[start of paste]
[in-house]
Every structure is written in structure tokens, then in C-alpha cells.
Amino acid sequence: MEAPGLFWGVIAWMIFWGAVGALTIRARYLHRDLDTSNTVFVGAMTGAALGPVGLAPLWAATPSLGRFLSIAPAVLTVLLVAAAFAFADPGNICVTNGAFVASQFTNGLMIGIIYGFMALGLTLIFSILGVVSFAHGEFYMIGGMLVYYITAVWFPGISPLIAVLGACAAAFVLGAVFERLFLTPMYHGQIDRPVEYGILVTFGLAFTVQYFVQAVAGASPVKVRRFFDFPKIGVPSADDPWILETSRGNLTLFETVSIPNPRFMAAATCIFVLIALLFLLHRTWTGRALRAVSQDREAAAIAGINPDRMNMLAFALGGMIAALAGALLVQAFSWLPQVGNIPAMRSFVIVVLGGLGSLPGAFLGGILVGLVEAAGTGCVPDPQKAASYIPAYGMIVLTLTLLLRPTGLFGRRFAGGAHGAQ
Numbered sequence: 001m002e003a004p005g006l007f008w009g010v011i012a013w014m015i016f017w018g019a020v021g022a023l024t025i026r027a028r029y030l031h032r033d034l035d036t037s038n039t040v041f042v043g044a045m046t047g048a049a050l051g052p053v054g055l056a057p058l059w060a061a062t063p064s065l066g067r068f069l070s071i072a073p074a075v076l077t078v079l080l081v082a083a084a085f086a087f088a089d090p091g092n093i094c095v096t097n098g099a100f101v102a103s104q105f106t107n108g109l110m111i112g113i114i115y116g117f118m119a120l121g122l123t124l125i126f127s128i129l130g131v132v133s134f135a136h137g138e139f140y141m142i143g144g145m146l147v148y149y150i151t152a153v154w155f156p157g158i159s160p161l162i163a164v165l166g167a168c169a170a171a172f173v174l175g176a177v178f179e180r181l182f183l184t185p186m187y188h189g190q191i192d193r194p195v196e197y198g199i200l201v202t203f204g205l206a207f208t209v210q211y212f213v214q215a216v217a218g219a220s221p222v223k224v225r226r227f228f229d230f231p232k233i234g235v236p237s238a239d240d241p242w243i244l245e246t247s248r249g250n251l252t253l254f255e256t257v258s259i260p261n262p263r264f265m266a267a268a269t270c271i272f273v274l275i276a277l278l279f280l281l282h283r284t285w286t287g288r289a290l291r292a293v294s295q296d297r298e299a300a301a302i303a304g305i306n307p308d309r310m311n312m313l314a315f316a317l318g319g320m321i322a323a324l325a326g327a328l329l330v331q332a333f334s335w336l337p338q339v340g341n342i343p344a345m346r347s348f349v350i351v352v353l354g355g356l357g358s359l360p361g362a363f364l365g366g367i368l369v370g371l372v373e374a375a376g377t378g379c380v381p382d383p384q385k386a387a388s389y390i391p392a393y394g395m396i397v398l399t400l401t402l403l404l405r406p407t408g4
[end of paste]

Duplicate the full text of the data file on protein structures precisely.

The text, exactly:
[in-house]
Every structure is written in structure tokens, then in C-alpha cells.
Amino acid sequence: MEAPGLFWGVIAWMIFWGAVGALTIRARYLHRDLDTSNTVFVGAMTGAALGPVGLAPLWAATPSLGRFLSIAPAVLTVLLVAAAFAFADPGNICVTNGAFVASQFTNGLMIGIIYGFMALGLTLIFSILGVVSFAHGEFYMIGGMLVYYITAVWFPGISPLIAVLGACAAAFVLGAVFERLFLTPMYHGQIDRPVEYGILVTFGLAFTVQYFVQAVAGASPVKVRRFFDFPKIGVPSADDPWILETSRGNLTLFETVSIPNPRFMAAATCIFVLIALLFLLHRTWTGRALRAVSQDREAAAIAGINPDRMNMLAFALGGMIAALAGALLVQAFSWLPQVGNIPAMRSFVIVVLGGLGSLPGAFLGGILVGLVEAAGTGCVPDPQKAASYIPAYGMIVLTLTLLLRPTGLFGRRFAGGAHGAQ
Numbered sequence: 001m002e003a004p005g006l007f008w009g010v011i012a013w014m015i016f017w018g019a020v021g022a023l024t025i026r027a028r029y030l031h032r033d034l035d036t037s038n039t040v041f042v043g044a045m046t047g048a049a050l051g052p053v054g055l056a057p058l059w060a061a062t063p064s065l066g067r068f069l070s071i072a073p074a075v076l077t078v079l080l081v082a083a084a085f086a087f088a089d090p091g092n093i094c095v096t097n098g099a100f101v102a103s104q105f106t107n108g109l110m111i112g113i114i115y116g117f118m119a120l121g122l123t124l125i126f127s128i129l130g131v132v133s134f135a136h137g138e139f140y141m142i143g144g145m146l147v148y149y150i151t152a153v154w155f156p157g158i159s160p161l162i163a164v165l166g167a168c169a170a171a172f173v174l175g176a177v178f179e180r181l182f183l184t185p186m187y188h189g190q191i192d193r194p195v196e197y198g199i200l201v202t203f204g205l206a207f208t209v210q211y212f213v214q215a216v217a218g219a220s221p222v223k224v225r226r227f228f229d230f231p232k233i234g235v236p237s238a239d240d241p242w243i244l245e246t247s248r249g250n251l252t253l254f255e256t257v258s259i260p261n262p263r264f265m266a267a268a269t270c271i272f273v274l275i276a277l278l279f280l281l282h283r284t285w286t287g288r289a290l291r292a293v294s295q296d297r298e299a300a301a302i303a304g305i306n307p308d309r310m311n312m313l314a315f316a317l318g319g320m321i322a323a324l325a326g327a328l329l330v331q332a333f334s335w336l337p338q339v340g341n342i343p344a345m346r347s348f349v350i351v352v353l354g355g356l357g358s359l360p361g362a363f364l365g366g367i368l369v370g371l372v373e374a375a376g377t378g379c380v381p382d383p384q385k386a387a388s389y390i391p392a393y394g395m396i397v398l399t400l401t402l403l404l405r406p407t408g4